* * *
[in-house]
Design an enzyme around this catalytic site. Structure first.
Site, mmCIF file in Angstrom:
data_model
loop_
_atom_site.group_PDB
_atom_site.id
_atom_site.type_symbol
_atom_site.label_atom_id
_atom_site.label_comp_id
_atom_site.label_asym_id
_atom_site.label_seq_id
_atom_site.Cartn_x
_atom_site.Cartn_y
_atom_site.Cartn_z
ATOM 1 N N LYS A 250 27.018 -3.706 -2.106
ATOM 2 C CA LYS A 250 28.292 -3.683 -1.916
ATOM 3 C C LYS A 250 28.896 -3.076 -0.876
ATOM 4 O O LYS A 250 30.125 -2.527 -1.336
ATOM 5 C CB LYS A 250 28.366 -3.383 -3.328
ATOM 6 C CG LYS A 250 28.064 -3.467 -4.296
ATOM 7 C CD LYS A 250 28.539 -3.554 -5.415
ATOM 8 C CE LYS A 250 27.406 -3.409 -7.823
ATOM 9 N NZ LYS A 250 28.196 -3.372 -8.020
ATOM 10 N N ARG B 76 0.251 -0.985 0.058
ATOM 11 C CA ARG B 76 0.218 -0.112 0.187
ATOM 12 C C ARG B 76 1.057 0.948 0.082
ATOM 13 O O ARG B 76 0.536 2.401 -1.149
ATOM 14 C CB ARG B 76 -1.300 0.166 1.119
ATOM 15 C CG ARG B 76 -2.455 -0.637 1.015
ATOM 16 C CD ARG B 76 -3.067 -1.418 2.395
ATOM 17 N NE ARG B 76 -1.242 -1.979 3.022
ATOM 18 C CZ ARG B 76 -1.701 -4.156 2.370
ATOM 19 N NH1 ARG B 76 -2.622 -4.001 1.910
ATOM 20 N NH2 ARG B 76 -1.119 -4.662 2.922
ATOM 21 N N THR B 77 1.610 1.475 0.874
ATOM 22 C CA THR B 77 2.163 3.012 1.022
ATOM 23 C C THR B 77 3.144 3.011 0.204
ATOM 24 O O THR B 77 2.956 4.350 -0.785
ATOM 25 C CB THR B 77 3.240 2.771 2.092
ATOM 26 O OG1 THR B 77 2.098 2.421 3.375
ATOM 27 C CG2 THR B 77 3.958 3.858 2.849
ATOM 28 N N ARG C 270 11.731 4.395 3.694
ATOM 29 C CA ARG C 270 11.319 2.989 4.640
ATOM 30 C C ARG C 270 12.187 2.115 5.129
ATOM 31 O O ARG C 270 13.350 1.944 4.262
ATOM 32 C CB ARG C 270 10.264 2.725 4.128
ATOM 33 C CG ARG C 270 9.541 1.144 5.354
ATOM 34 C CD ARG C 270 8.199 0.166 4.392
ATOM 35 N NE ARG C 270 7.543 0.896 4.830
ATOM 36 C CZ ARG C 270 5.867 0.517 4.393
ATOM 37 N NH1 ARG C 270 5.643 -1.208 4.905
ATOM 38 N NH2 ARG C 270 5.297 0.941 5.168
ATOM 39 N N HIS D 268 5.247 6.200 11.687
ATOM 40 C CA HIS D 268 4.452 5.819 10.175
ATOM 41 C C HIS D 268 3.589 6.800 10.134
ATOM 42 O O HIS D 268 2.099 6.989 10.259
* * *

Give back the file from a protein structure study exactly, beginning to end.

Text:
[in-house]
Design an enzyme around this catalytic site. Structure first.
Site, mmCIF file in Angstrom:
data_model
loop_
_atom_site.group_PDB
_atom_site.id
_atom_site.type_symbol
_atom_site.label_atom_id
_atom_site.label_comp_id
_atom_site.label_asym_id
_atom_site.label_seq_id
_atom_site.Cartn_x
_atom_site.Cartn_y
_atom_site.Cartn_z
ATOM 1 N N LYS A 250 27.018 -3.706 -2.106
ATOM 2 C CA LYS A 250 28.292 -3.683 -1.916
ATOM 3 C C LYS A 250 28.896 -3.076 -0.876
ATOM 4 O O LYS A 250 30.125 -2.527 -1.336
ATOM 5 C CB LYS A 250 28.366 -3.383 -3.328
ATOM 6 C CG LYS A 250 28.064 -3.467 -4.296
ATOM 7 C CD LYS A 250 28.539 -3.554 -5.415
ATOM 8 C CE LYS A 250 27.406 -3.409 -7.823
ATOM 9 N NZ LYS A 250 28.196 -3.372 -8.020
ATOM 10 N N ARG B 76 0.251 -0.985 0.058
ATOM 11 C CA ARG B 76 0.218 -0.112 0.187
ATOM 12 C C ARG B 76 1.057 0.948 0.082
ATOM 13 O O ARG B 76 0.536 2.401 -1.149
ATOM 14 C CB ARG B 76 -1.300 0.166 1.119
ATOM 15 C CG ARG B 76 -2.455 -0.637 1.015
ATOM 16 C CD ARG B 76 -3.067 -1.418 2.395
ATOM 17 N NE ARG B 76 -1.242 -1.979 3.022
ATOM 18 C CZ ARG B 76 -1.701 -4.156 2.370
ATOM 19 N NH1 ARG B 76 -2.622 -4.001 1.910
ATOM 20 N NH2 ARG B 76 -1.119 -4.662 2.922
ATOM 21 N N THR B 77 1.610 1.475 0.874
ATOM 22 C CA THR B 77 2.163 3.012 1.022
ATOM 23 C C THR B 77 3.144 3.011 0.204
ATOM 24 O O THR B 77 2.956 4.350 -0.785
ATOM 25 C CB THR B 77 3.240 2.771 2.092
ATOM 26 O OG1 THR B 77 2.098 2.421 3.375
ATOM 27 C CG2 THR B 77 3.958 3.858 2.849
ATOM 28 N N ARG C 270 11.731 4.395 3.694
ATOM 29 C CA ARG C 270 11.319 2.989 4.640
ATOM 30 C C ARG C 270 12.187 2.115 5.129
ATOM 31 O O ARG C 270 13.350 1.944 4.262
ATOM 32 C CB ARG C 270 10.264 2.725 4.128
ATOM 33 C CG ARG C 270 9.541 1.144 5.354
ATOM 34 C CD ARG C 270 8.199 0.166 4.392
ATOM 35 N NE ARG C 270 7.543 0.896 4.830
ATOM 36 C CZ ARG C 270 5.867 0.517 4.393
ATOM 37 N NH1 ARG C 270 5.643 -1.208 4.905
ATOM 38 N NH2 ARG C 270 5.297 0.941 5.168
ATOM 39 N N HIS D 268 5.247 6.200 11.687
ATOM 40 C CA HIS D 268 4.452 5.819 10.175
ATOM 41 C C HIS D 268 3.589 6.800 10.134
ATOM 42 O O HIS D 268 2.099 6.989 10.259